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G7 agrees on $50 billion loan for Ukraine from frozen Russian assets

Ukraine’s backers have agreed to advance a $50 billion loan to Kiev, funded by profits from frozen Russian assets in Europe and the United States, Group of Seven leaders announced on Thursday.

The agreement marks a major achievement for President Biden, as the United States spearheads efforts to get a broad group of Ukraine supporters to agree to seizing Russian assets to back Kyiv and counter Russian President Vladimir Putin.

“I’m very pleased to announce that this week the G7 signed a plan to lock in and release $50 billion in frozen asset proceeds, putting those funds to work for Ukraine and once again reminding President Putin that we will not back down. In fact, we are standing united against this illegal aggression,” Biden said at a news conference Thursday with Ukrainian President Volodymyr Zelensky.

“I thank the President for his leadership in the G7’s decision to provide a $50 billion loan to Ukraine, which is an important step forward in providing sustained support to help Ukraine win this war,” Zelenskyy said.

“Russia’s fixed assets should be used to protect Ukrainian lives from Russian terrorism and to compensate for the damage inflicted on Ukraine by the aggressors. It is fair and absolutely right.”

The proposal was led by the United States and agreed on the first day of the G7 summit in Italy.

G7 nations froze about $280 billion in Russian assets since the invasion began in February 2022, and the proposal would use about $2.6 billion to $3.6 billion in annual interest accrued from the frozen assets to repay a $50 billion loan that would be immediately provided to Ukraine.

“This is something the United States has poured a great deal of energy and effort into,” National Security Adviser Jake Sullivan said at a Thursday morning press conference ahead of the day’s events.

“We believe that revenues from these assets will be a valuable source of revenue for Ukraine at a time when Russia continues to commit atrocities against Ukraine, not only through military action but also through attempts to destroy its energy grid and economic vitality.”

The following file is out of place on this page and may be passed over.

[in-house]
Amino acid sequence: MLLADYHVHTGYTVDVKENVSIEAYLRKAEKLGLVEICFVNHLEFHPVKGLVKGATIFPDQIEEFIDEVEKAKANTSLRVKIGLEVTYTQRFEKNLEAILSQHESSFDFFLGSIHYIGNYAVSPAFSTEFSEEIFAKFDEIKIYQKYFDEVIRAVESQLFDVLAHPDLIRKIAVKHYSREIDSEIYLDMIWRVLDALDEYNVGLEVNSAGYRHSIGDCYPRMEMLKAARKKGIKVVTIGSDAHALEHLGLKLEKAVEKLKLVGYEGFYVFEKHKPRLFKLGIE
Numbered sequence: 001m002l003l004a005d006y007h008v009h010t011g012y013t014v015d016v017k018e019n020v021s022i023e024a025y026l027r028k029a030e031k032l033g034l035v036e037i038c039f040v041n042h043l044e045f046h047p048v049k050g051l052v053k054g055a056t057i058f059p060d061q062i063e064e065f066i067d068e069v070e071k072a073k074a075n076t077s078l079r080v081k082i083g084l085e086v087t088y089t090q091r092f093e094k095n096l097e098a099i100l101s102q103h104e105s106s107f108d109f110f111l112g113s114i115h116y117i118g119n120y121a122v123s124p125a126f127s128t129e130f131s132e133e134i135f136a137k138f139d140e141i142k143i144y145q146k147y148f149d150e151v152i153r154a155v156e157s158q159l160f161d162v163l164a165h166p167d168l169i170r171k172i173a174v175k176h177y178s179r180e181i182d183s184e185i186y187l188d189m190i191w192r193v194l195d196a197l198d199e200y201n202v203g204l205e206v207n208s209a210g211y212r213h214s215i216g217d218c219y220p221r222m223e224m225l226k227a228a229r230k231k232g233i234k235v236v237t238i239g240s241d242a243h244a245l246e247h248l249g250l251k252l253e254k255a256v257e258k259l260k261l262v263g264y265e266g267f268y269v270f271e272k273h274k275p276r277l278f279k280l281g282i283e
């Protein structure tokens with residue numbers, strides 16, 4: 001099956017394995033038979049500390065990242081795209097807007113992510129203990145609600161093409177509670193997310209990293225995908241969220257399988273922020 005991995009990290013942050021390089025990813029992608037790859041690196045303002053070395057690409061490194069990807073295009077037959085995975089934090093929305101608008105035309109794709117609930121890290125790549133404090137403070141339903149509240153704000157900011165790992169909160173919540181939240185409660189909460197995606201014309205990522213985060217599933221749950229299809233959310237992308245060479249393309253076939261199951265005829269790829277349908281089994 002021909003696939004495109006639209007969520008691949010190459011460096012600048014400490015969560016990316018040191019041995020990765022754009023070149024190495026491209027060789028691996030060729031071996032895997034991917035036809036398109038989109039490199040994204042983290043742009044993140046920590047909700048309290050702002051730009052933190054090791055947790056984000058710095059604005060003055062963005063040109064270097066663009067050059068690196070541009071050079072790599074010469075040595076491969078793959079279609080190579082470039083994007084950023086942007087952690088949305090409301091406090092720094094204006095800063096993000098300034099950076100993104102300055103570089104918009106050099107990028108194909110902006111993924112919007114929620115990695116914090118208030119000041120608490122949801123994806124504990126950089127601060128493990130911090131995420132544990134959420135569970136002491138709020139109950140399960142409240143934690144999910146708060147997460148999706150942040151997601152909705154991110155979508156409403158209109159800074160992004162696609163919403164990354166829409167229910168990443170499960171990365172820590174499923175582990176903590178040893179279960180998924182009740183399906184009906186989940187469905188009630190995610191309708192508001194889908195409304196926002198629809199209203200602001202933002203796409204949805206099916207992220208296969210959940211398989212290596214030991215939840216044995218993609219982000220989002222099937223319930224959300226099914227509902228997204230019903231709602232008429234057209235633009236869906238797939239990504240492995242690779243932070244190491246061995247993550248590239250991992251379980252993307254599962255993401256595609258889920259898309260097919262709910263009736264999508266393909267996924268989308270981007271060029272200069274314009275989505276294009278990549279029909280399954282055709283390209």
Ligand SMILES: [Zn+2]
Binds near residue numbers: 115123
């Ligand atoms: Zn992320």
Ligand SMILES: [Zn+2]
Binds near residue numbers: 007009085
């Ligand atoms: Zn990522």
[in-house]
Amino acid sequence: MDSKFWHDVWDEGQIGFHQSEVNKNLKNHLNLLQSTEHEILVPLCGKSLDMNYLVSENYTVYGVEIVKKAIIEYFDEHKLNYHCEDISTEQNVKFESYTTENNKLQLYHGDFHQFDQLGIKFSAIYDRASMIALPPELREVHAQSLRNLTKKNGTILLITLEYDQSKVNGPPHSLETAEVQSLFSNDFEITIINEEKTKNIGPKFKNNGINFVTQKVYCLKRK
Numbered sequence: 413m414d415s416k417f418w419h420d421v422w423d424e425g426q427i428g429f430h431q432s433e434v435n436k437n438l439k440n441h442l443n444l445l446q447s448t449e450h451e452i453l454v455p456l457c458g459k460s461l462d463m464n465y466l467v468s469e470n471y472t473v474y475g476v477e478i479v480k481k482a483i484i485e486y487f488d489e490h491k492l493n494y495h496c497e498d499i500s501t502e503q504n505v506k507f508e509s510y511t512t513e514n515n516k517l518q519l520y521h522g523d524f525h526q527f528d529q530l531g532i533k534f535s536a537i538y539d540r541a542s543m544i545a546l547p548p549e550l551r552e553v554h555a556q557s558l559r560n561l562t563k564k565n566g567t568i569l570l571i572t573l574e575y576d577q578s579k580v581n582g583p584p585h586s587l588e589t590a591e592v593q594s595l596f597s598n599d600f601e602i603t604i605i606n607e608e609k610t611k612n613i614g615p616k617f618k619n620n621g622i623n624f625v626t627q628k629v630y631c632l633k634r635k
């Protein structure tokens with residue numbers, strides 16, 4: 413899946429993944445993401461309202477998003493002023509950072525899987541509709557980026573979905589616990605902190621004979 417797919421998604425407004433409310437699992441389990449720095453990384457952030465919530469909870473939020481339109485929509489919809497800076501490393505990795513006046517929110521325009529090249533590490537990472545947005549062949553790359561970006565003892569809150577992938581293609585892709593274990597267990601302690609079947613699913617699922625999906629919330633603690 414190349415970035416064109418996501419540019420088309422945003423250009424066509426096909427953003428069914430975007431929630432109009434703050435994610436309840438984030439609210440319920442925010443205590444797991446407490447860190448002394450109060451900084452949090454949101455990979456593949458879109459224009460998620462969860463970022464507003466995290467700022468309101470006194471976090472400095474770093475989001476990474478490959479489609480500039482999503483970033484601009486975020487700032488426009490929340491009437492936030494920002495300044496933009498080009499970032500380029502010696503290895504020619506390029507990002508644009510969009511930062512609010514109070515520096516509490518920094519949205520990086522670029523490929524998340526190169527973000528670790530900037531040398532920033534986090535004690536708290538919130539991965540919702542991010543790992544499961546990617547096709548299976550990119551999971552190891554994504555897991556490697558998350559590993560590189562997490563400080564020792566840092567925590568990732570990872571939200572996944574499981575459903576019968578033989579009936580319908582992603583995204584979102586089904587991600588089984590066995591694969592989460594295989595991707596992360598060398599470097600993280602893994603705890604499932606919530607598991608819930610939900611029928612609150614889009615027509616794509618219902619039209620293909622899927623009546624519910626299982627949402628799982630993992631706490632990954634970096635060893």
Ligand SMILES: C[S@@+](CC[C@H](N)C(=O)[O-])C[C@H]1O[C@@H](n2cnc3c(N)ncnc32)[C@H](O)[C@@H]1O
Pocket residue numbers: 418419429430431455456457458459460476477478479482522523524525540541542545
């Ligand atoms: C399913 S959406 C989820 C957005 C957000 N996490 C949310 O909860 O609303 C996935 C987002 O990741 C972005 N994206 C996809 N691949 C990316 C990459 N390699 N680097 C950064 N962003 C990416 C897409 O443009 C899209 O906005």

The commitment from G7 nations comes as Russia’s illegal war against Ukraine, more than two years old, has strained solidarity among Kiev’s military and financial backers.

As a result, Ukraine suffered battlefield losses due to inadequate military supplies, but was able to largely repel Russia’s latest offensive around the city of Kharkiv.

Speaking to Zelenskiy last week at a meeting marking the 80th anniversary of the Normandy landings, the president apologised for a seven-month delay in getting a $1 billion aid package through parliament.

And countries supporting Ukraine are under increasing pressure to lay the foundations for a long-term effort amid shifting political dynamics at home.

There is concern among Ukrainians and their supporters that former President Donald Trump, the presumptive Republican presidential nominee, could backtrack on U.S. commitments to Kiev and NATO, in a move that would favor Putin.

Far-right parties showed strong support in European Union parliamentary elections, but analysts say there is no major threat to European support for Kiev in the short term.

In particular, Italy’s Prime Minister Giorgia Meloni, who holds the G7 presidency, is a strong supporter of Ukraine and a vocal critic of Russia, despite being described as right-wing, and her party made a strong comeback in the EU elections.

The agreement to use proceeds from frozen Russian assets is an important interim step amid ongoing debate and disagreement over whether frozen assets should be seized outright. For now, countries are independently assessing the legal legitimacy of such measures.

In April, President Biden signed the REPO Act, part of a national security supplemental package, allowing the United States to seize frozen Russian assets to help rebuild Ukraine.

Estonia is also Passed their own version Such a bill was introduced in May.

“First of all, I think it’s very important to support Ukraine financially. It’s obviously necessary for the reconstruction effort and the survival of the Ukrainian state,” Estonia’s ambassador to NATO, Juri Luyk, said in an interview with Washington’s The Hill newspaper last week.

“This is also a very important punishment for the Russian regime, because Russia is a corrupt regime. They love power, but they also love money. So I think this will be a very good move in that direction.”

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